Saturday, February 16, 2013

Urban cozy? Soft-boiled?

by Triss Stein 

Everyone who leaves a comment this weekend will be entered in a drawing for a free copy of Brooklyn Bones.

What is an urban cozy?  Does it sound like an oxymoron , like “giant shrimp”?  Walking down the mean streets…of St. Mary Mead?

I thought something was missing in the mystery universe. Stereotyping a bit here, but in general, there are cozies, which take place in villages or suburbs, often with amateur sleuths and a background of ordinary life, the direct descendants of Agatha  Christie. They might be humorous, they might be serious. Then there are hard-boiled mysteries, which take place in gritty urban settings and are the direct descendents of the above quoted Chandler. That landscape does not have a home for characters (or readers!) who live in a big city but are not Philip Marlowe. Or Harry Bosch. Or Matt Scudder. Who do not even know anyone like Matt Scudder. 

That would be me, and my friends and millions  of other readers who live rather ordinary lives but do it in a big (bad?)  city like New York. In fact, I live in Brooklyn, which could be a city all by itself, and would the  4th largest in the US. The life I live and see around me is mostly about work and family and home, local politics, neighborhood issues. School when my children were younger. Health. Doesn’t that sound a lot like small town life or suburban life? And anyone who believes there is not enough drama there to sustain a mystery series is not paying attention.


Personally, I like all kinds  of books. I admire a well-written dark urban crime story, and sometimes I want to read something that is mostly froth, However, what I admire most is in between: a  cozy-style set-up that has some resemblance to real life, real emotions, real conflicts in real settings, however peaceful those settings look from the outside.

In my real life, my first professional job was with the public library system in Brooklyn, They liked to move us around and not being a native New Yorker, I came to each new neighborhood with a clean mental slate. I observed, and what I observed was that they were a lot like small towns.  Each neighborhood had its own atmosphere, history, quirks, and fears.

My question became, could I use that to write mysteries set in city neighborhoods, and half-way between too cozy and too hard-boiled?  A domestic style background that includes real emotions and real conflicts? Why not try?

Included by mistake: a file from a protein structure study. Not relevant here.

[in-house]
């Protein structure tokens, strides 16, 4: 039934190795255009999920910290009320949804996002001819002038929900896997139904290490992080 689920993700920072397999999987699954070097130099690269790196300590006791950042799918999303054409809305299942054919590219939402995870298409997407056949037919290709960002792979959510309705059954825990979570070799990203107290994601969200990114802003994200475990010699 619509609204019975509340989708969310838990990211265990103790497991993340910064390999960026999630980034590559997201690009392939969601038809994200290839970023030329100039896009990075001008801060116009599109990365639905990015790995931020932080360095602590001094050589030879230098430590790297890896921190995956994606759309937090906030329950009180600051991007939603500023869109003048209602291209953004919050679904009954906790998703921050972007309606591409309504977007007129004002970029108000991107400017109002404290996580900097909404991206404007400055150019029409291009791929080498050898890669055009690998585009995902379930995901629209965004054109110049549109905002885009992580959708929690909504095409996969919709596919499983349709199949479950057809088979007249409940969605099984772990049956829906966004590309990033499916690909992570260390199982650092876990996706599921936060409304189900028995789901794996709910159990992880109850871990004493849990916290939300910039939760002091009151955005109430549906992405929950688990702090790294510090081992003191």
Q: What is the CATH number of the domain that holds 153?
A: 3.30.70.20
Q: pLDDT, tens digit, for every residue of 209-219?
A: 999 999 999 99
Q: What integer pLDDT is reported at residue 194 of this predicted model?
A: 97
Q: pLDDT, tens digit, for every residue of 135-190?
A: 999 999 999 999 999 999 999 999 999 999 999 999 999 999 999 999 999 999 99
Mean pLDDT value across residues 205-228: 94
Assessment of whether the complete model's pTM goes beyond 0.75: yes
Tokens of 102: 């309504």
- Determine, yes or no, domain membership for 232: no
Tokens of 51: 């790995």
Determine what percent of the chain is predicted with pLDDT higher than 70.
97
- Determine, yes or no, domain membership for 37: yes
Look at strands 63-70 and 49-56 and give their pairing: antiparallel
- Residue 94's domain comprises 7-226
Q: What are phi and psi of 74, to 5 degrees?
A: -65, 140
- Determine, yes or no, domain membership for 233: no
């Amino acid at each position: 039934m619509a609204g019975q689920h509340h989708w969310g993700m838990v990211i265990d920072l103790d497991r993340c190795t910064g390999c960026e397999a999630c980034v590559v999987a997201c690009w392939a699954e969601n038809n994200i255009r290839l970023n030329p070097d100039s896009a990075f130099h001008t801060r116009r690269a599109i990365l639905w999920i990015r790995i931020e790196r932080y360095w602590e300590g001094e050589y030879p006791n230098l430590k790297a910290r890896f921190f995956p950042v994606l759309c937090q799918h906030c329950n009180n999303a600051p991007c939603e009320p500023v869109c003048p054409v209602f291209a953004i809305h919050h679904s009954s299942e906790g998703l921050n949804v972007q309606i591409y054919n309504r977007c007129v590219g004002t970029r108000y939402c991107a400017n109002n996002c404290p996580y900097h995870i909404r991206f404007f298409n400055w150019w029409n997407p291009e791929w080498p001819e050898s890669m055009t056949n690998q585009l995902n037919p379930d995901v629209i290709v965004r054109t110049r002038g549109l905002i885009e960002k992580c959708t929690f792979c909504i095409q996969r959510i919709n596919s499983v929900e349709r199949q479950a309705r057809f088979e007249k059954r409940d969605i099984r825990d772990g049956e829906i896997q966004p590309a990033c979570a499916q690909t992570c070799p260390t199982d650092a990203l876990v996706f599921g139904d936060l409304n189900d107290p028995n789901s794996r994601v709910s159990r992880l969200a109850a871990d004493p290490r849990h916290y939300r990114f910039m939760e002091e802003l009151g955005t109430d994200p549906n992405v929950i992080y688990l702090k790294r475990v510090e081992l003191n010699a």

And why not start with my own neighborhood, Park Slope, Brooklyn, which has gone through a long cycle of change in the time I have been here?

Meet Erica Donato. She came from the Brooklyn world where people see no reason to go as far as Manhattan more than once a year. Now she lives in a different world,  the gritty end of a gentrified Brooklyn of brownstones and  yuppies. She  is part way to a Ph.D in urban history She is the young single mother of a teen–age daughter whose childhood is much different from Erica’s own. Having made a journey that is short in miles but long in life changes, Erica is a bundle of contradictions.

In Brooklyn Bones, history comes barging into her modern life, when her daughter, helping a contractor in their house, finds a body hidden behind a fireplace. 



Mother and daughter are both haunted by the fact that it was an unknown teen-age girl. Soon, their questions lead back to the ungentrified days, when the neighborhood was in the throes of change and the fabled age of Aquarius was turning very dark. They find interesting characters who hold pieces of that story, and dangerous ones who plan to keep it buried forever.

The next book includes Tiffany windows stolen from a historic  cemetery and all of them will include some historical mysteries mixed up with modern ones. There is no end to Brooklyn’s stories. I even have a section of my web page called Brooklyn Fun Facts. http://trissstein.com/brooklyn-fun-facts/

Maybe I can make this urban cozy idea work. 


Leave a comment this weekend and you'll be entered in a drawing for a free copy of Brooklyn Bones. 

Writing is Brooklyn resident Triss Stein’s third career. The first was the job that inspired her new series: children’s librarian in a dozen sharply different Brooklyn communities. The second was in business research, in settings from a major global consulting firm to DC Comics. The author of two previous mystery novels, Triss has also published a number of short stories.

26 comments:

Triss said...

Good morning, everyone. My thanks to Sandy for inviting me join you this weekend. I look forward to your responses. I must leave in the late AM ( NY time)due to a family obligation, but I will be here until then and back in the evening. Please questions and comments and I'll be happy to get back to you then. I'll be here on Sunday, too.

Sheila Connolly said...

Welcome, Triss--the book sounds great! I had the chance to visit Brooklyn for the first time late last year, and stayed with a college classmate who (with great foresight) moved there in the 1970s and never left. I can certainly see the place as a setting for a series. (Of course, since I write one set in Philadelphia, I may be biased, although I can't say I've explored the grittier side of the city in the books.) You're right: neighborhoods exist everywhere, whatever the scale of the setting.

Margaret Mendel said...

How wonderfully told!!! I can see you opening your window, looking down on the street, breathing in the damp morning air and saying, "Now where is that next story?"

Anonymous said...

I look forward to reading Brooklyn Bones - and plan to whether I am the lucky winner or not! Triss is so intelligent, but not too lofty - she has a superb command of the English language!!! Thelma in Manhattan

Elizabeth Zelvin said...

Welcome to Poe's Deadly Daughters, Triss. Sounds like your book could also be defined as what I call traditional mystery, in direct line of descent from Dorothy L. Sayers (a classy heritage indeed). I'm looking forward to the launch party and the book!

Triss said...